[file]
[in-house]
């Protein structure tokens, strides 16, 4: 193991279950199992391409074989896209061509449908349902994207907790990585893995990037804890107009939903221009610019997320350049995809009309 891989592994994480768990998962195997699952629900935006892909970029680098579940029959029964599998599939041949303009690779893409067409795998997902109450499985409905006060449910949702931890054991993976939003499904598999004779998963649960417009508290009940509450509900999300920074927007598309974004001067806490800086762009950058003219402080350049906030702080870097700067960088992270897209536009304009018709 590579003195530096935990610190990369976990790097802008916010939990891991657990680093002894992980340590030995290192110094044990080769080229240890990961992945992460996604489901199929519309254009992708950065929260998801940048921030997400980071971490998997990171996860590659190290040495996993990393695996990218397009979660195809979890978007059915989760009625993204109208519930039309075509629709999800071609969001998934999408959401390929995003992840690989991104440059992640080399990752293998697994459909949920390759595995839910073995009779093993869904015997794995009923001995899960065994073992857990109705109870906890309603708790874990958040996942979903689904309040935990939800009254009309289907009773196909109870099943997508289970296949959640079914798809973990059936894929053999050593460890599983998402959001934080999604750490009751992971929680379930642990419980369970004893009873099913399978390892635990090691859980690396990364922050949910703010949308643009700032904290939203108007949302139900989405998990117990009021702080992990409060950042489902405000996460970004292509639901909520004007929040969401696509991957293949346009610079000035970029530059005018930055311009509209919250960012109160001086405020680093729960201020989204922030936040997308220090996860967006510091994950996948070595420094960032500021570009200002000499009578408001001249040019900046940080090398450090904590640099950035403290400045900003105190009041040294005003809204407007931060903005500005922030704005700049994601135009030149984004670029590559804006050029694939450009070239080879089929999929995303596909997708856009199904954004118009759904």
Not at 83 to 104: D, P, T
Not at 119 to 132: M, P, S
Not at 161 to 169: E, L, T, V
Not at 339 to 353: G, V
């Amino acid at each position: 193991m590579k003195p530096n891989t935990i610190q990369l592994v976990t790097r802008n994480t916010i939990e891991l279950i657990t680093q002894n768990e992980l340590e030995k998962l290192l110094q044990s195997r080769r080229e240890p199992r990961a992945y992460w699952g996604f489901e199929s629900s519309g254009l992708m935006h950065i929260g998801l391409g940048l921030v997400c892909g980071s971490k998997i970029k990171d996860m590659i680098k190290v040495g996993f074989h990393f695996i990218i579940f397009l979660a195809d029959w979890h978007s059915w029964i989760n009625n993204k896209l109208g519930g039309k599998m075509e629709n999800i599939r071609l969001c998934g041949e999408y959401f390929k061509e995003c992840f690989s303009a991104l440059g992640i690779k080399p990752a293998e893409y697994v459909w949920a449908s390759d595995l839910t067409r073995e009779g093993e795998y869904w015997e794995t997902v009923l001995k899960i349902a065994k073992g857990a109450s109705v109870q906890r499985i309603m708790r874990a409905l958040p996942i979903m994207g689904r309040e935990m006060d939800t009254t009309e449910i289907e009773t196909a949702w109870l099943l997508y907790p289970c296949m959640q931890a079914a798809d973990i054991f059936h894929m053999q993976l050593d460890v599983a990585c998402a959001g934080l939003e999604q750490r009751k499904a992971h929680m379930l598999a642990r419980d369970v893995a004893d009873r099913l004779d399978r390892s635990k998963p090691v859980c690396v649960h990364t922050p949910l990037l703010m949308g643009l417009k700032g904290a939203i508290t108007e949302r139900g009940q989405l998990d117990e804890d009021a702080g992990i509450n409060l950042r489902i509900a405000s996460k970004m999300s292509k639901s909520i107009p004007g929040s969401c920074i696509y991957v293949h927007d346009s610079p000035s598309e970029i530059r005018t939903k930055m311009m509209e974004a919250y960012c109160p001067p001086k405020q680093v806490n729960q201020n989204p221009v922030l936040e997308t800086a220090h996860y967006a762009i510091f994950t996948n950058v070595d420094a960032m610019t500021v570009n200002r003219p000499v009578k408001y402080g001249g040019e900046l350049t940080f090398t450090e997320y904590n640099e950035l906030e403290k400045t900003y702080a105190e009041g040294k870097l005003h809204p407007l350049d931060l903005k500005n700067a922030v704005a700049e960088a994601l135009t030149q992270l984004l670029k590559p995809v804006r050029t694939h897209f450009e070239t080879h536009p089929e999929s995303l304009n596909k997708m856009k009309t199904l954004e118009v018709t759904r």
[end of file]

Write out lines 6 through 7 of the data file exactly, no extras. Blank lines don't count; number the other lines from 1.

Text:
Not at 339 to 353: G, V
């Amino acid at each position: 193991m590579k003195p530096n891989t935990i610190q990369l592994v976990t790097r802008n994480t916010i939990e891991l279950i657990t680093q002894n768990e992980l340590e030995k998962l290192l110094q044990s195997r080769r080229e240890p199992r990961a992945y992460w699952g996604f489901e199929s629900s519309g254009l992708m935006h950065i929260g998801l391409g940048l921030v997400c892909g980071s971490k998997i970029k990171d996860m590659i680098k190290v040495g996993f074989h990393f695996i990218i579940f397009l979660a195809d029959w979890h978007s059915w029964i989760n009625n993204k896209l109208g519930g039309k599998m075509e629709n999800i599939r071609l969001c998934g041949e999408y959401f390929k061509e995003c992840f690989s303009a991104l440059g992640i690779k080399p990752a293998e893409y697994v459909w949920a449908s390759d595995l839910t067409r073995e009779g093993e795998y869904w015997e794995t997902v009923l001995k899960i349902a065994k073992g857990a109450s109705v109870q906890r499985i309603m708790r874990a409905l958040p996942i979903m994207g689904r309040e935990m006060d939800t009254t009309e449910i289907e009773t196909a949702w109870l099943l997508y907790p289970c296949m959640q931890a079914a798809d973990i054991f059936h894929m053999q993976l050593d460890v599983a990585c998402a959001g934080l939003e999604q750490r009751k499904a992971h929680m379930l598999a642990r419980d369970v893995a004893d009873r099913l004779d399978r390892s635990k998963p090691v859980c690396v649960h990364t922050p949910l990037l703010m949308g643009l417009k700032g904290a939203i508290t108007e949302r139900g009940q989405l998990d117990e804890d009021a702080g992990i509450n409060l950042r489902i509900a405000s996460k970004m999300s292509k639901s909520i107009p004007g929040s969401c920074i696509y991957v293949h927007d346009s610079p000035s598309e970029i530059r005018t939903k930055m311009m509209e974004a919250y960012c109160p001067p001086k405020q680093v806490n729960q201020n989204p221009v922030l936040e997308t800086a220090h996860y967006a762009i510091f994950t996948n950058v070595d420094a960032m610019t500021v570009n200002r003219p000499v009578k408001y402080g001249g040019e900046l350049t940080f090398t450090e997320y904590n640099e950035l906030e403290k400045t900003y702080a105190e009041g040294k870097l005003h809204p407007l350049d931060l903005k500005n700067a922030v704005a700049e960088a994601l135009t030149q992270l984004l670029k590559p995809v804006r050029t694939h897209f450009e070239t080879h536009p089929e999929s995303l304009n596909k997708m856009k009309t199904l954004e118009v018709t759904r």